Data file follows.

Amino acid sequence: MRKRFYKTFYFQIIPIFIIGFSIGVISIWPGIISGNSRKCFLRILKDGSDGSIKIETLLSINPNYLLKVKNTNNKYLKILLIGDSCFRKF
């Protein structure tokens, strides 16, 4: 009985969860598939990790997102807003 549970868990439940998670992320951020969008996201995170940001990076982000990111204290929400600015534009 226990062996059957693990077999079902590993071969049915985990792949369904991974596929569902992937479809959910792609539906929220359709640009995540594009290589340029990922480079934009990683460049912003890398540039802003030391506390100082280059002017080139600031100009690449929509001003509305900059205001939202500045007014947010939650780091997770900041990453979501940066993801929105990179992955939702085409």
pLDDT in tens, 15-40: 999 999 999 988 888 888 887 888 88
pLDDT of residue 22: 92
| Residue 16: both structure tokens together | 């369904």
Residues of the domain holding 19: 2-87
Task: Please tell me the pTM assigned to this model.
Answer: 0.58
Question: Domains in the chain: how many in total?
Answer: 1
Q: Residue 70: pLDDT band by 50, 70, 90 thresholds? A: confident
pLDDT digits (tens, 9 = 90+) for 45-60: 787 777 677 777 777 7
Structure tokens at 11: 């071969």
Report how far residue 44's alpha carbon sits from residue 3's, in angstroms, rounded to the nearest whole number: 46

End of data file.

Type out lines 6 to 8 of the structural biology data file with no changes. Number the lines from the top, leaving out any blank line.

Residues of the domain holding 19: 2-87
Task: Please tell me the pTM assigned to this model.
Answer: 0.58